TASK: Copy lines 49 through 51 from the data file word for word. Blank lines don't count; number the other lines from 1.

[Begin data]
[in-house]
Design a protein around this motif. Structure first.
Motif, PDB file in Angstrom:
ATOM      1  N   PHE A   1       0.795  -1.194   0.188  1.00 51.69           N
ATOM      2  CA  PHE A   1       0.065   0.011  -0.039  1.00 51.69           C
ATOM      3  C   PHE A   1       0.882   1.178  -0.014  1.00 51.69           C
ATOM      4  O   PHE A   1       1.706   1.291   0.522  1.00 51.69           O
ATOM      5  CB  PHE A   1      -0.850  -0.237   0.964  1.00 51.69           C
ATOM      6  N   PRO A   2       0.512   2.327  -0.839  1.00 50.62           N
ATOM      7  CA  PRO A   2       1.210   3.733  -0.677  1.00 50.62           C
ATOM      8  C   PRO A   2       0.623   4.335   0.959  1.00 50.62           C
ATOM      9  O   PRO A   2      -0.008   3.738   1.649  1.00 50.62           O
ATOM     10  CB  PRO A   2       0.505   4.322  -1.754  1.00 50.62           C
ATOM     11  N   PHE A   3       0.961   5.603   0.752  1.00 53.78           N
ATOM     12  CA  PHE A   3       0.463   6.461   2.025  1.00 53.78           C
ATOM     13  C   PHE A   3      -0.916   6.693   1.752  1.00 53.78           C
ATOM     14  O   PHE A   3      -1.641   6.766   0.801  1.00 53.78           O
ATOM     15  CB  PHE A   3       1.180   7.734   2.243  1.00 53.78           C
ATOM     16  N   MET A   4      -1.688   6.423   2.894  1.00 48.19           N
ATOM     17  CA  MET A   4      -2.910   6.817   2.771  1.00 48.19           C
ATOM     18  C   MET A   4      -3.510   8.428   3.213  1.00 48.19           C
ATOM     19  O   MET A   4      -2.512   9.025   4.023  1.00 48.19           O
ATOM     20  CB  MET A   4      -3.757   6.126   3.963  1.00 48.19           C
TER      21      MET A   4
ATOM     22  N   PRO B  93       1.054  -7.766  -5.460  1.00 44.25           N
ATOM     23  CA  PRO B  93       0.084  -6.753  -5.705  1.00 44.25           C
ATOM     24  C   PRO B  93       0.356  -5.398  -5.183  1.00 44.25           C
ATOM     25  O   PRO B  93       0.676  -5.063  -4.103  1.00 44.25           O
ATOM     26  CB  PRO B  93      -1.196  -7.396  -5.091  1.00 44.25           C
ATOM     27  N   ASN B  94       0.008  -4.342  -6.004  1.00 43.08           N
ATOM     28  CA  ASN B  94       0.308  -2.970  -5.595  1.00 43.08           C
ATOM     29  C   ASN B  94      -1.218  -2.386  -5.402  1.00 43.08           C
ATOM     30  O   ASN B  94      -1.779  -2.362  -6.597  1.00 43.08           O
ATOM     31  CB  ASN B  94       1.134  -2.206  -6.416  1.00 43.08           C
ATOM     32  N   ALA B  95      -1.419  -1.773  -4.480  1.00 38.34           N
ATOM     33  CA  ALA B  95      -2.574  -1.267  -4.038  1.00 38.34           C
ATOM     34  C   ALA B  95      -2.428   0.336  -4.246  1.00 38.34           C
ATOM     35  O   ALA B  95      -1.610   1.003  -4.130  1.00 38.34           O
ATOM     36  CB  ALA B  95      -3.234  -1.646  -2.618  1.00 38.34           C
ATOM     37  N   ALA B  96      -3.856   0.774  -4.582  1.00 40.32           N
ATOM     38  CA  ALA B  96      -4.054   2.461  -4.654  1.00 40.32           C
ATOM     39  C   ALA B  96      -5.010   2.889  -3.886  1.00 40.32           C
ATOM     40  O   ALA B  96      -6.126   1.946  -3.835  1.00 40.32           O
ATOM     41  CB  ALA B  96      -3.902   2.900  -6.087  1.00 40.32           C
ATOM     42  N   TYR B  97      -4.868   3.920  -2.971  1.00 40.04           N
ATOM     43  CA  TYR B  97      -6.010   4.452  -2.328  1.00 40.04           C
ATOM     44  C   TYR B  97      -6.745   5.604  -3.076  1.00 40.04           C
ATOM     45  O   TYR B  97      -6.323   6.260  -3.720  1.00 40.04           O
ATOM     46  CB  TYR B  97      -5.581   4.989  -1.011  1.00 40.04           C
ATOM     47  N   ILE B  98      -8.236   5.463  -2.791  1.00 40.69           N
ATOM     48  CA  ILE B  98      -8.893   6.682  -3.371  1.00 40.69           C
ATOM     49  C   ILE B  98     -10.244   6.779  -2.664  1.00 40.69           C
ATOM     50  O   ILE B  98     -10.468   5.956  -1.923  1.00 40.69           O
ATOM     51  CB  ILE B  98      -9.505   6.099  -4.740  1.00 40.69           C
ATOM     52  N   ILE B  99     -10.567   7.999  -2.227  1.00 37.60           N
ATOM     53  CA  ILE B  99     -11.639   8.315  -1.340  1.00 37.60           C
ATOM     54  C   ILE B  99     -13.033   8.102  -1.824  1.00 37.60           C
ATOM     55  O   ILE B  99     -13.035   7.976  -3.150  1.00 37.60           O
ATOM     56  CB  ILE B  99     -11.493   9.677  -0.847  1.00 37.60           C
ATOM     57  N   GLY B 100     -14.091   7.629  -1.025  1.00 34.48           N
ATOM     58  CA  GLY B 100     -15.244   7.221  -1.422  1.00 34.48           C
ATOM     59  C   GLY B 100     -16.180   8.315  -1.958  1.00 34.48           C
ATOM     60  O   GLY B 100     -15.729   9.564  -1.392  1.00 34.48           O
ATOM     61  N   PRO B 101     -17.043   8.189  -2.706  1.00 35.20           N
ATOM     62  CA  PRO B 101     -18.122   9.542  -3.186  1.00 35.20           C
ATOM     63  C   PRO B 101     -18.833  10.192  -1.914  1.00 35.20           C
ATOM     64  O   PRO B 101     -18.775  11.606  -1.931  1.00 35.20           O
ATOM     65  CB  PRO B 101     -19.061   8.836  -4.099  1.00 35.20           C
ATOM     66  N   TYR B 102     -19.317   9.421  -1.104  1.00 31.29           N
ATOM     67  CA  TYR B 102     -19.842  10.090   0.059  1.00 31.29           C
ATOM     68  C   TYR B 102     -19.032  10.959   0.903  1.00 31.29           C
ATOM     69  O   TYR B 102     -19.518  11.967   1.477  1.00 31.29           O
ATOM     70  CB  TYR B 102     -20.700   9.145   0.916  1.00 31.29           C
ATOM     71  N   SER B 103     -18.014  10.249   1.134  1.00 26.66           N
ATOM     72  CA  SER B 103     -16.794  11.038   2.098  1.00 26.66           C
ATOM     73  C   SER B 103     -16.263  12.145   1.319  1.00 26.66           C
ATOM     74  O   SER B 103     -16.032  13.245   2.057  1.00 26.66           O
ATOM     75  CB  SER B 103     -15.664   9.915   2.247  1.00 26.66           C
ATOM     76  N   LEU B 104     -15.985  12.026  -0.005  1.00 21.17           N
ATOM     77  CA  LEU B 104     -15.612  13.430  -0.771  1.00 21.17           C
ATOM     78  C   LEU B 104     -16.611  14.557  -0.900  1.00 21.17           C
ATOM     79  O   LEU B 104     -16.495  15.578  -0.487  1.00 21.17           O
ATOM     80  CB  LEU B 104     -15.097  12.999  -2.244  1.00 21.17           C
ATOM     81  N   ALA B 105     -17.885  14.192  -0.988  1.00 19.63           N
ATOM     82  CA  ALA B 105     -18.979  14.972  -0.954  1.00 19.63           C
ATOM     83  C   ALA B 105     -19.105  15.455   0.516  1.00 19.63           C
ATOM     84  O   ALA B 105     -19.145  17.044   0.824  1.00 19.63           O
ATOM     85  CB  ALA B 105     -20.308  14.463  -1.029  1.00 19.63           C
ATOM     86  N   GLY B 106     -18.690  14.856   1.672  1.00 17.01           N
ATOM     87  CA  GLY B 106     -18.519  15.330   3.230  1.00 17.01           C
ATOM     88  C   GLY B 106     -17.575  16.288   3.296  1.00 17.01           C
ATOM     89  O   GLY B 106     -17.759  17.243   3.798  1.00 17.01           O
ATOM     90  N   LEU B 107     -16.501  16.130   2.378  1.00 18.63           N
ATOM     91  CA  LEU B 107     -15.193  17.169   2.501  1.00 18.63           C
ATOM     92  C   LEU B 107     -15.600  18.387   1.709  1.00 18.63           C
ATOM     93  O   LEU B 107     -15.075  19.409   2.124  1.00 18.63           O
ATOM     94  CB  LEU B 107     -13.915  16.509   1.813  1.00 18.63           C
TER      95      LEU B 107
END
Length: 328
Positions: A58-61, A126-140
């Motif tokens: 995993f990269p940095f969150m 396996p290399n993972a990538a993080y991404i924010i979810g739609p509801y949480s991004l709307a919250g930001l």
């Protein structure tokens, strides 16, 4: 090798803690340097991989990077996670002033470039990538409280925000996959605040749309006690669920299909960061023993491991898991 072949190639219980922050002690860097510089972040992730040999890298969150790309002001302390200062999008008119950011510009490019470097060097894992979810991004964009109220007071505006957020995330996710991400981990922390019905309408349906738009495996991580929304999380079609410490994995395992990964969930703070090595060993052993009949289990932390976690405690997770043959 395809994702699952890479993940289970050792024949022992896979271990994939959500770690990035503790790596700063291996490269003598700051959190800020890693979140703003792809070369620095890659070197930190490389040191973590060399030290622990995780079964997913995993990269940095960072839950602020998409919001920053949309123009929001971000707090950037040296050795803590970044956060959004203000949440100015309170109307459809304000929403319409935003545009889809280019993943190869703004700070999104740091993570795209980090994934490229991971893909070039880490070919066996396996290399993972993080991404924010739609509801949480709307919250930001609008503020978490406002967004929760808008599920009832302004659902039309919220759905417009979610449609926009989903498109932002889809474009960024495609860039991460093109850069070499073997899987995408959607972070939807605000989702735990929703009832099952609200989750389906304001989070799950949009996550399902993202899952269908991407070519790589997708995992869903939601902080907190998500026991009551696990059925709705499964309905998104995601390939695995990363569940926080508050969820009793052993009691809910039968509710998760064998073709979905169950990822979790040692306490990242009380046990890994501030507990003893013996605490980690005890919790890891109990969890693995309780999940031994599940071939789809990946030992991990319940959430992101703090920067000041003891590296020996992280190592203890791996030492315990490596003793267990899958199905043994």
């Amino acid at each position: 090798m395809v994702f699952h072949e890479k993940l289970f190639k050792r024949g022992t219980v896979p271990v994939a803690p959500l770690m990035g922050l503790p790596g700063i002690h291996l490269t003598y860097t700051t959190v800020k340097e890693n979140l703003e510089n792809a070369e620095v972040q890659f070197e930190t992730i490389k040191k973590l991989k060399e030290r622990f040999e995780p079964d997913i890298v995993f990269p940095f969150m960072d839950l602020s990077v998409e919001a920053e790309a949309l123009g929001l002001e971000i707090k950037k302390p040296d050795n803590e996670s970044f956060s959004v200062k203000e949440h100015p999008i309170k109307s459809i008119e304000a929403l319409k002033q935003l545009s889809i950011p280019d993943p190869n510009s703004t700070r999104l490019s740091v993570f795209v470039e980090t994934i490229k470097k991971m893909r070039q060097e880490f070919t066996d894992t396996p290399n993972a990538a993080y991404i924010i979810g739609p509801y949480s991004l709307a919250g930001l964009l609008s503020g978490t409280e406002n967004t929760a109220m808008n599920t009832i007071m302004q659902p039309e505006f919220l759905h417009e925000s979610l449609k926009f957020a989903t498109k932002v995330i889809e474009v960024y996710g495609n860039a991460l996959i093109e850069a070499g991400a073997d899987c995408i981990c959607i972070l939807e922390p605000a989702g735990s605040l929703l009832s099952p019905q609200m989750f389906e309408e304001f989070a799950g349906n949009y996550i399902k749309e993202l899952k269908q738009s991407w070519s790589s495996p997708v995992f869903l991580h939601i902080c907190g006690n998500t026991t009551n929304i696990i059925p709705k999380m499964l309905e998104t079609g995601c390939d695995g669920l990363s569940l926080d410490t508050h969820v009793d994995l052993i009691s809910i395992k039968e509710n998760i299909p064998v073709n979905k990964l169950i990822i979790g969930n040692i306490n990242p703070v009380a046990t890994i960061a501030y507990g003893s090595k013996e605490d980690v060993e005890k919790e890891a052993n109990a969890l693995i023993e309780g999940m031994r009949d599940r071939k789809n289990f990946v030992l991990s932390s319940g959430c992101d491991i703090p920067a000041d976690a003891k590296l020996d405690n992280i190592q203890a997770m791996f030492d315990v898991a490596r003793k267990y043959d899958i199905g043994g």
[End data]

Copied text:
ATOM     46  CB  TYR B  97      -5.581   4.989  -1.011  1.00 40.04           C
ATOM     47  N   ILE B  98      -8.236   5.463  -2.791  1.00 40.69           N
ATOM     48  CA  ILE B  98      -8.893   6.682  -3.371  1.00 40.69           C